They take the first train to Budapest.

Back in England Rebecca is obsessively writing the book about Yugoslavia, which is based on her notes, sketches and drawings, and on Henry's photos. The effort is taking up months and months of her time, and book is more than 1000 pages long. She finds peace in this obsession, and Henry is satisfied.

[…]

Her son visits her, tells her he is getting married, and they are finally getting along. He looks around her big study, stuffed with pages, images and things from Yugoslavia and she explains that, as a young child, she dreamed about the landscapes she found in Yugoslavia.

As the war is spreading throughout Europe, the writing of this book is her shelter, even though she doubts anybody will publish it. She often dreams she will wake up in towns like Yaytse or Mostar.

Finally she finishes the book, late in the night. It is March 27th 1941. In the morning she wakes up and turns on the radio. She hears that there has been a coup d'Etat in Yugoslavia, and that the young King Peter II, the son of King Alexander was put on throne, because the nation protested against signing the pact with Germany. The country chose to stand up to Germany, even though it was obvious it had no chance to win. The coup was helped and supported by the English contacts in Yugoslavia.

Rebecca stands by the window and looks at the garden. Henry is there, speaking with the gardener, who is standing with his two small daughters. The announcer on the radio says that the people in Marseilles, in occupied France, wanted to carry the flowers and wreaths to the place where King Alexander was assassinated, but the police would not let them enter the street. So they got on trams, and tram drivers drove very slowly so the people could throw the flowers on the spot where the King of Yugoslavia had been killed.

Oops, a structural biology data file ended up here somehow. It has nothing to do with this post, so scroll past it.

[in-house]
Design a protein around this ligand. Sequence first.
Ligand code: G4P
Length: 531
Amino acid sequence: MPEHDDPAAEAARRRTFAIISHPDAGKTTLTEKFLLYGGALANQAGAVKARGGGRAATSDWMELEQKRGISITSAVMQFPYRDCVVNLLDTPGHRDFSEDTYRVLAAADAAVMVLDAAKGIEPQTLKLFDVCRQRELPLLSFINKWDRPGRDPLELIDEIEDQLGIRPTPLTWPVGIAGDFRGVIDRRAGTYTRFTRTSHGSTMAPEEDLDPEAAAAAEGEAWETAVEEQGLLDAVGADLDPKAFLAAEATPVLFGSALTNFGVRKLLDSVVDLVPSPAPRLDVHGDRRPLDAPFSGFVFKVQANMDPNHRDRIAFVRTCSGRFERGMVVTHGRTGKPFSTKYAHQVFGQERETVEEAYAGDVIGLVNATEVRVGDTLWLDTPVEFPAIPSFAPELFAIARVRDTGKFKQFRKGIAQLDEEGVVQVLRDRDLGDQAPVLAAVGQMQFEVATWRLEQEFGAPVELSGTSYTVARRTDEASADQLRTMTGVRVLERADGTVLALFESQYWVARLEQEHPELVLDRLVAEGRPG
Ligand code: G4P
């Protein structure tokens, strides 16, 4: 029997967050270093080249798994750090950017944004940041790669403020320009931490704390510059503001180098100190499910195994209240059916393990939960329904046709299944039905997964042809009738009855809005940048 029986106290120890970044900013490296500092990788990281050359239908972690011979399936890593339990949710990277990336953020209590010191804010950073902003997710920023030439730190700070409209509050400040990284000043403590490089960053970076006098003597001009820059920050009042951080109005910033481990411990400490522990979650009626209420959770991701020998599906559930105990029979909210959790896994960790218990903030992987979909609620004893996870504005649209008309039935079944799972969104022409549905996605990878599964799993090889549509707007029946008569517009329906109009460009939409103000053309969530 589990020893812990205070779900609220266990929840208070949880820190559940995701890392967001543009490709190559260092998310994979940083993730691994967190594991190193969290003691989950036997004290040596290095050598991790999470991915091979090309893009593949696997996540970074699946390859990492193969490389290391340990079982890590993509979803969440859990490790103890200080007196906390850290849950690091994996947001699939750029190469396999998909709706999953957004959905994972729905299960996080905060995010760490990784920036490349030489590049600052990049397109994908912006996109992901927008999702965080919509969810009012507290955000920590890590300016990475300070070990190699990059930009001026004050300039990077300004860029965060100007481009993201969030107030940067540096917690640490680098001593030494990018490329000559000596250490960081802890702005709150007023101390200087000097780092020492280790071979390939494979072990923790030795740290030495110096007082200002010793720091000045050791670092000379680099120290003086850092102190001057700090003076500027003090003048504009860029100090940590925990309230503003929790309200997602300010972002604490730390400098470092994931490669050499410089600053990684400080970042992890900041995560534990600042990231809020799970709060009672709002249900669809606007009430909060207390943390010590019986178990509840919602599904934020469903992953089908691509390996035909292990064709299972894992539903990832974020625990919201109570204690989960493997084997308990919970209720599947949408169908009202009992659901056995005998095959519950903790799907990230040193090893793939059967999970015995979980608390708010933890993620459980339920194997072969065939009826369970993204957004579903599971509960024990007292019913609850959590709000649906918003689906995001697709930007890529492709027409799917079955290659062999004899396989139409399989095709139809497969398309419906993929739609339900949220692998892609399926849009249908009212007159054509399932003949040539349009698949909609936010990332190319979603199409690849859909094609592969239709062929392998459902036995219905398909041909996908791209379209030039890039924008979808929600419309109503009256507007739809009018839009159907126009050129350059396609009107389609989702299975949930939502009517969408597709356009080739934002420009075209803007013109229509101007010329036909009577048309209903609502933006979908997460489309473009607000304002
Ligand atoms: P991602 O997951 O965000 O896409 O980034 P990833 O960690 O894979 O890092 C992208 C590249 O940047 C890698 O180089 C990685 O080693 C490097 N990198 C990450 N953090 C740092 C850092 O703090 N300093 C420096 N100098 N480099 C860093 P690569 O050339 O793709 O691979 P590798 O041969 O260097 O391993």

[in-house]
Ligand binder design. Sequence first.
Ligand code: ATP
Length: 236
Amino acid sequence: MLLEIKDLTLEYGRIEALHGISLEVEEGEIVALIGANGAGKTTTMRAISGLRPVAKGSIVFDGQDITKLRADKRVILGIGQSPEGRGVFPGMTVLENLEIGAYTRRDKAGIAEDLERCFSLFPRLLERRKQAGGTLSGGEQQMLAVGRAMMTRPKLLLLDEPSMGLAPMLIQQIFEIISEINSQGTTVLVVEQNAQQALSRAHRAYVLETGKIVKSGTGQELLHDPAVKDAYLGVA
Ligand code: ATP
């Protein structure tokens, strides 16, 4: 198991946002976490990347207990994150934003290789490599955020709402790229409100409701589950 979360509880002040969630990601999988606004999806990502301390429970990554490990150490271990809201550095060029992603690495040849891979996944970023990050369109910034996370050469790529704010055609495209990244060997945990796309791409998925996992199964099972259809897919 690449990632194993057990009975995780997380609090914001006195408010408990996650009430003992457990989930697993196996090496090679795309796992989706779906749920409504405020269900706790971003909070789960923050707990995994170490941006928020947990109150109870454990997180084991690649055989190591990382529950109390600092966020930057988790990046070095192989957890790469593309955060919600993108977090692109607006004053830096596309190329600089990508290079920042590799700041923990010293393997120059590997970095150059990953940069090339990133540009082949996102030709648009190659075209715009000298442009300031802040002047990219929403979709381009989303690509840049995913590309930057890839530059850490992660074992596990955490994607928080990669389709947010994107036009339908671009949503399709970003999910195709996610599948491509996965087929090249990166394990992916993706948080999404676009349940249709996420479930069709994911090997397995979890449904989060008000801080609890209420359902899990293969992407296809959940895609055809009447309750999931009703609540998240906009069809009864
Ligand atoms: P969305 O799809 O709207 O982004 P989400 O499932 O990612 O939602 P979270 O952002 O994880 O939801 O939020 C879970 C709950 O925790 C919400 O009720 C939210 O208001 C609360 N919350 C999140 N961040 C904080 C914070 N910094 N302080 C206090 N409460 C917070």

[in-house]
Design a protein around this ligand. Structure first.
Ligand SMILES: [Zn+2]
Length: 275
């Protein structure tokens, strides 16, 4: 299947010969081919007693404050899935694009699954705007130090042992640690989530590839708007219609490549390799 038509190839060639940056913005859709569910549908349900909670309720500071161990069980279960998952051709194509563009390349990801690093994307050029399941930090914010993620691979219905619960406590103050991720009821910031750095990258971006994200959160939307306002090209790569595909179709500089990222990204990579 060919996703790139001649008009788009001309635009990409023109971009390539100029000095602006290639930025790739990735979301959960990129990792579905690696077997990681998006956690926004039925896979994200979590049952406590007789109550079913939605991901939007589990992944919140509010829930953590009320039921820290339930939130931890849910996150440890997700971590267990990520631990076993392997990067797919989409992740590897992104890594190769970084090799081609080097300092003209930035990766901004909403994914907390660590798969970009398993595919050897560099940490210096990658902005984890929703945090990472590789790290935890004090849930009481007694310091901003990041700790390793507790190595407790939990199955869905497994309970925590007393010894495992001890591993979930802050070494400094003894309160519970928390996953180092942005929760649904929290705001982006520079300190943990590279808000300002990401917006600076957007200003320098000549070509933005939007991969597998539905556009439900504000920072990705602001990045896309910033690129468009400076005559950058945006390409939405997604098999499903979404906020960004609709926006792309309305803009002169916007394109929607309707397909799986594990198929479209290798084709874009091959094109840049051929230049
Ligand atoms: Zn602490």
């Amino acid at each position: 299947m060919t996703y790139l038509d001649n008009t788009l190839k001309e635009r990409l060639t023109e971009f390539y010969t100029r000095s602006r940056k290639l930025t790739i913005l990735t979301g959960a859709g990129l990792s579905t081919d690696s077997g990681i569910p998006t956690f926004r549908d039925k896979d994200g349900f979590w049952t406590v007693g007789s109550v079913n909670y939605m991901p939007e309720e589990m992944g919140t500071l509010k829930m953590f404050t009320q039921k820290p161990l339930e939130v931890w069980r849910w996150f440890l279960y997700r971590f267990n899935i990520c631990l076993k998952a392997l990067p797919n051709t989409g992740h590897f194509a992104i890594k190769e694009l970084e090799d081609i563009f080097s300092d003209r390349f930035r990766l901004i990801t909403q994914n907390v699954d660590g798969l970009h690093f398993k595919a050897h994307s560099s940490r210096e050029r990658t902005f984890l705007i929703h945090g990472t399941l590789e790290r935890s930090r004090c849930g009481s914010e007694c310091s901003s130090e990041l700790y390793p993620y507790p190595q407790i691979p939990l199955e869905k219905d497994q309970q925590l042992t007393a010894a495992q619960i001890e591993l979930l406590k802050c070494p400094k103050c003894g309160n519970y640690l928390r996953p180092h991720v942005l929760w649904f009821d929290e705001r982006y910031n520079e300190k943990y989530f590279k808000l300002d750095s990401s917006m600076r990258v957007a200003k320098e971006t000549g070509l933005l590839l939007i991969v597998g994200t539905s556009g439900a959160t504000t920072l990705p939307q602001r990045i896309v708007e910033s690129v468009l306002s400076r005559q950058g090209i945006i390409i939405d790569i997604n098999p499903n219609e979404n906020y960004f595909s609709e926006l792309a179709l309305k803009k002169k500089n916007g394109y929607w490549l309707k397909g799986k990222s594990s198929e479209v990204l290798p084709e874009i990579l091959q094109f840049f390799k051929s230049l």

Rebecca watches Henry walking towards the house, and the gardener telling something to his girls, who burst in laugher. For a moment the gardener looks like Constantine…

Yugoslavia was attacked and occupied by Germany, Italy and Bulgaria in 10 days.

Constantine was sent to a camp in Germany, and Rebecca and Henry sent him parcels through the Red Cross.

After the war he lived in Belgrade with Gerda and his two sons, in total isolation because of the new communist regime.

During the war Rebecca and Henry supported the Yugoslav royal government in exile, and their home was a shelter for many Yugoslav refugees.

"Black Lamb And Grey Falcon" became the central book of Rebecca West's life.

It was forbidden in Tito's Yugoslavia, and it wasn't translated and published until 1987.

During the conflicts in the 1990s, it was an obligatory reading for all the Western diplomats sent to the region.


[1] A piece of prose, typically written before the first draft of a screenplay.

Srđan Koljević
Faculty of Drama Arts
University of Belgrade

Treatment for the TV Series and Film Rebecca West – Black Lamb, Gray Falcon